For years, climate change has struggled to break through as a top-tier campaign issue in U.S. presidential politics, as voters ranked it low on their priorities list and candidates followed their lead. With that in mind, Wednesday’s CNN forum devoted solely to the topic is, in a sense, groundbreaking.
But, even as climate change has ascended the ranks of campaign issues, a slew of indicators suggest that voters want to hear even more.
Nearly 70% of voters are “worried” about climate change and 71% want the federal government to do more to tackle the issue, according to a new Climate Nexus poll conducted by Yale and George Mason universities and shared exclusively with TIME. A majority of survey respondents said a slew of institutions — from the media to state government — should be doing more to address the issue.
The polling is reflected in conversations on the ground. Democrats in key early primary states say the desire to hear more on the issue is reflected in the way voters are engaging with candidates. “At every event, the candidates will talk about climate change,” Rob Hogg, an Iowa state senator from Cedar Rapids, told me last month.
This is a significant turnaround from earlier this year. When reached by TIME in February, most candidates’ campaigns offered little in the way of substantive climate proposals, with some offering vague promises to support a Green New Deal and others saying they would restore Obama-era policies rolled back by the Trump Administration.
As activists have pushed the issue into the media spotlight and voters expressed concern about the issue on the ground, candidates have devoted time and resources to offering proposals. A flurry of new plans, including from Senator Amy Klobuchar of Minnesota and former Housing and Urban Development Secretary Julian Castro, came in the final days leading up to the CNN forum.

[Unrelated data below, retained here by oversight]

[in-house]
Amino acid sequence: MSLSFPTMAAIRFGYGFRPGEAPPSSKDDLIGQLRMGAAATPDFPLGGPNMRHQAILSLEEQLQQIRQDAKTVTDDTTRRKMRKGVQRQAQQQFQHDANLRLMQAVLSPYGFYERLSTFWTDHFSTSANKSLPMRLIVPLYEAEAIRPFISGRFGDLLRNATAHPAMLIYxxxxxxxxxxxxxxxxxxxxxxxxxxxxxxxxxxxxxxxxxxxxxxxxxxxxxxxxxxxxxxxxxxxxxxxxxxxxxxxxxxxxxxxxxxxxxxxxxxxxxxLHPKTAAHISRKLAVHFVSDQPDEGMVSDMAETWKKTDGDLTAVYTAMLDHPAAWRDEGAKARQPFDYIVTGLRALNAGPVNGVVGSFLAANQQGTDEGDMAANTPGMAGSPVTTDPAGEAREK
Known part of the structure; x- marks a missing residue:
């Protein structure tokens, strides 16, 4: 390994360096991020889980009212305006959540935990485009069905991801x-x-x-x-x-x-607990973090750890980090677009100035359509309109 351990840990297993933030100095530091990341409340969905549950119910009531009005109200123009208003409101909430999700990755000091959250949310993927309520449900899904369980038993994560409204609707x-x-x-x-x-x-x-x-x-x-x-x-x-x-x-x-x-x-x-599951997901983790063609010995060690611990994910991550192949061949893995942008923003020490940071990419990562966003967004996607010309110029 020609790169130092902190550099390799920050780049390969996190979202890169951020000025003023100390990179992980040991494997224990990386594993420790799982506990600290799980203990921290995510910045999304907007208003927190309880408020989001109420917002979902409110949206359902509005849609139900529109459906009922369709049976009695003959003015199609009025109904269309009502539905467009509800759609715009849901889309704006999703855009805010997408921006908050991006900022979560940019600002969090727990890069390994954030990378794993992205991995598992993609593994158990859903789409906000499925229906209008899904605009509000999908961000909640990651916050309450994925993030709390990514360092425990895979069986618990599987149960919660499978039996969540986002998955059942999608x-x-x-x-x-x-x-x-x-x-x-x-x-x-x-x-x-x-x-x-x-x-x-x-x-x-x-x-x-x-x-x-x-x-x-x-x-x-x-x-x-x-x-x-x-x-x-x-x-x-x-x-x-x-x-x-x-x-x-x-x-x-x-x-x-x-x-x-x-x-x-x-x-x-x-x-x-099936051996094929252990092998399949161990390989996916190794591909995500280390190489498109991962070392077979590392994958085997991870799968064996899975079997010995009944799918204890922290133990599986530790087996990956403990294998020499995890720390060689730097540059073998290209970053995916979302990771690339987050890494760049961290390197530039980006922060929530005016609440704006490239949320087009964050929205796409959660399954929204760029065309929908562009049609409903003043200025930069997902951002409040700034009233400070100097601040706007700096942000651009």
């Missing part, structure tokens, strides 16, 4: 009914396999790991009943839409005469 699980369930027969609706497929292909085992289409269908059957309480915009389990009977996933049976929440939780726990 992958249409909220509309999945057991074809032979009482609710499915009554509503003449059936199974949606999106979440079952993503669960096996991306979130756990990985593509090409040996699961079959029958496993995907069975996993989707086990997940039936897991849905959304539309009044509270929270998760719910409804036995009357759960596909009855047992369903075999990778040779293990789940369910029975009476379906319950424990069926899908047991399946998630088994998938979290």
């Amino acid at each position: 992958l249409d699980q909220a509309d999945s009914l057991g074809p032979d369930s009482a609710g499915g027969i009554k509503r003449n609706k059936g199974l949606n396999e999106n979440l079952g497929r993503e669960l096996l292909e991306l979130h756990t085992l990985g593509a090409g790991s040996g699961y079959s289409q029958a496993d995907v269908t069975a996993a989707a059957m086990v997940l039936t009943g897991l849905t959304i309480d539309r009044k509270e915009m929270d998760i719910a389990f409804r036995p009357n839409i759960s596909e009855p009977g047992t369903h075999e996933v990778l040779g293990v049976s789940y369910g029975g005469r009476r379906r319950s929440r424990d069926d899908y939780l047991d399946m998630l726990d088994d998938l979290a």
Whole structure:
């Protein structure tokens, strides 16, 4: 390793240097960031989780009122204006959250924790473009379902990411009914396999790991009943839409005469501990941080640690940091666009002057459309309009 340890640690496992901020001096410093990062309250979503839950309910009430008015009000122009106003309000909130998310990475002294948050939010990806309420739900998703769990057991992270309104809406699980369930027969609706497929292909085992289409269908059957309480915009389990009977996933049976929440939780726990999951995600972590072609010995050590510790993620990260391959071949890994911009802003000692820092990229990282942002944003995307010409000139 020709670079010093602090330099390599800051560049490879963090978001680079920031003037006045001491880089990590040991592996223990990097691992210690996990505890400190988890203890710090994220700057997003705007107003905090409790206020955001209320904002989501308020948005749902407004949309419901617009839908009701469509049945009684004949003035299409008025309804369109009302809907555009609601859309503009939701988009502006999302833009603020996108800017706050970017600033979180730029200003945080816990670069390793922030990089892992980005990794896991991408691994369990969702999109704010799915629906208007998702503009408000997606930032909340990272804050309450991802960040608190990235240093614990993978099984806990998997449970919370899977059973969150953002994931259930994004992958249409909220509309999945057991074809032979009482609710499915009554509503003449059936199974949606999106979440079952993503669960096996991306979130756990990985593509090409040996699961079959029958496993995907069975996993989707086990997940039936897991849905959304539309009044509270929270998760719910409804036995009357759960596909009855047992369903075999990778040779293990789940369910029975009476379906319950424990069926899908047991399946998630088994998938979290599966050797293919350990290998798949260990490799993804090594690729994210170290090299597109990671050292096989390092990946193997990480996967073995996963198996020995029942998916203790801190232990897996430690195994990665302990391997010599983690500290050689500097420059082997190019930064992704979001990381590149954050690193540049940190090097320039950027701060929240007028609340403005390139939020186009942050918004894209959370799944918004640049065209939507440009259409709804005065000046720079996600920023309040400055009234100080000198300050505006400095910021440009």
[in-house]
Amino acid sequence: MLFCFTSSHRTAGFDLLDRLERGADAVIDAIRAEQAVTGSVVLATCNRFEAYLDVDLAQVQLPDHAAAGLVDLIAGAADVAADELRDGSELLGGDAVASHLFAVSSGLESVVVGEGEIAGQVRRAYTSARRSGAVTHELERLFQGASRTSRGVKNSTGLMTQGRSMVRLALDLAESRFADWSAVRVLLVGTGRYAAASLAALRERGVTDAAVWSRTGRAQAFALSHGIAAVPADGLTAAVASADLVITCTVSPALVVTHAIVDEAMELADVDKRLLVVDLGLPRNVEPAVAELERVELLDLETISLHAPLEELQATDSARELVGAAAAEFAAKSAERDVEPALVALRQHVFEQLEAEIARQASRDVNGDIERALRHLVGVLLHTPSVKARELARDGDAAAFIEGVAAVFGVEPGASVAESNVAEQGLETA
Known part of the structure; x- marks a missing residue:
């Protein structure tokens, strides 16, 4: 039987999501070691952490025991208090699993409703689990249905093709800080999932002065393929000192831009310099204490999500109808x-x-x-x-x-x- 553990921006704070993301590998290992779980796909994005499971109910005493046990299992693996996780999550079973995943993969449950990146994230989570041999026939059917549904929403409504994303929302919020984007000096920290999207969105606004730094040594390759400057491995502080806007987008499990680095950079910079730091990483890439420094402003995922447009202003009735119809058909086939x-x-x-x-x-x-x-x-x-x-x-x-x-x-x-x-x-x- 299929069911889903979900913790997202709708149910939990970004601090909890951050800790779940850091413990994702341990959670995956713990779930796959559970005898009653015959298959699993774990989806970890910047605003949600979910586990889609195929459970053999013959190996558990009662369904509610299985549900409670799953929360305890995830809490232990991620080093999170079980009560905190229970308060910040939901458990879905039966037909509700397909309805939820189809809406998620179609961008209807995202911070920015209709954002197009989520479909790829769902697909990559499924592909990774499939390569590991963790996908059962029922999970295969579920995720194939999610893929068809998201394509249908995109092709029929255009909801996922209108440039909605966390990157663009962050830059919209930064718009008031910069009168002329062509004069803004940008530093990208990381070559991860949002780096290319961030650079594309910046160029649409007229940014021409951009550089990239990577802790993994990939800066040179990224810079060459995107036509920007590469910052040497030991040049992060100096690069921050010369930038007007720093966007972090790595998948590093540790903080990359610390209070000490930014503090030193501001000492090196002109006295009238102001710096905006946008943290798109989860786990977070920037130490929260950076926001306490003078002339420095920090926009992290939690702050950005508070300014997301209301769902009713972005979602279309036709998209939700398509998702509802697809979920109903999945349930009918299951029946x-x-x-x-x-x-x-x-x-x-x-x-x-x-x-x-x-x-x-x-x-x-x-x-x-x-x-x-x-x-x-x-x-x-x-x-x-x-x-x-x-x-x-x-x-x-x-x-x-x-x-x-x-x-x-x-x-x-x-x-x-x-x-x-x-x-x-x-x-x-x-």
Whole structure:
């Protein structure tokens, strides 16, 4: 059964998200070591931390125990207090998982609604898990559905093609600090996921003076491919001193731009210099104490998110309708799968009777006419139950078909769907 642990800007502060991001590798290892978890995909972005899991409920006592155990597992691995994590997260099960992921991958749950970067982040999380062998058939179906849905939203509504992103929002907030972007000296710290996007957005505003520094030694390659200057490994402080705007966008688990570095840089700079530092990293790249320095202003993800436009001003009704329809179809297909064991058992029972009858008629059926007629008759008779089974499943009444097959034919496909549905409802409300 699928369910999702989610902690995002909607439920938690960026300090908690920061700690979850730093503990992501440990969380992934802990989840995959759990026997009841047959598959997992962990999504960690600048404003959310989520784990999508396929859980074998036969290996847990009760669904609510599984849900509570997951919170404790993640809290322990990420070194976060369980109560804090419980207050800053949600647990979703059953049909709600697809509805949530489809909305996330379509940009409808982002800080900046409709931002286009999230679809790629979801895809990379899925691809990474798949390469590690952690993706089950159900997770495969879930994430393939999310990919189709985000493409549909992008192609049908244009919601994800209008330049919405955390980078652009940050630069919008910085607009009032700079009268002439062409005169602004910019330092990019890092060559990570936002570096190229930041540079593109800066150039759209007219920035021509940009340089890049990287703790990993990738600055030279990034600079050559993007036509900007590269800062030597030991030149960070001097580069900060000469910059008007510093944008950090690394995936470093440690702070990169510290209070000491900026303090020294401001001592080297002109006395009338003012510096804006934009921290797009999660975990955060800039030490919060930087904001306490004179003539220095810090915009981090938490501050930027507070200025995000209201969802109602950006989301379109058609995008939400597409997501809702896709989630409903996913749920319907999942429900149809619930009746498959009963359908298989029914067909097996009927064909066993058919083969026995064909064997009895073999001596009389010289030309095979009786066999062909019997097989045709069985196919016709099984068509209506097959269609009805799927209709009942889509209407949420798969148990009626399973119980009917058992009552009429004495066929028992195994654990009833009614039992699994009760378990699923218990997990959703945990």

Most of the plans include a variation on a proposal to make the U.S. carbon-neutral by 2050, meaning the country would effectively stop emitting carbon dioxide. A key part of that would be transitioning the electricity sector to renewable energy sources like wind and solar. The Climate Nexus poll suggests that such an idea would be extremely popular: 71% of voters want the U.S. to establish a 100% clean electricity by 2050 standard and half would be willing to have the federal government spend their tax dollars to get there. The survey of 2,208 registered voters in the U.S. has a margin of error of plus or minus 2%.
Several candidates have supported a call from activists to hold a debate on climate change, arguing it’s the best way to ensure a substantive discussion on the topic. “There’s an interest in the level of detail cannot be done in 60 seconds,” Washington Gov. Jay Inslee told me last month before he dropped out of the race. “Democrats really care about this.”
Still, many in the party’s leadership remain skeptical about the issue’s political salience. The Democratic National Committee rejected a proposal last month that would have paved the way for a debate on the issue, with party leadership arguing that single-issue debates might appeal to only a narrow audience.
The DNC’s decision leaves the public with a seven-hour marathon of candidates speaking individually instead of having the candidates engage with each other on the issue. It’s a challenging format to watch, even for the most devoted follower.
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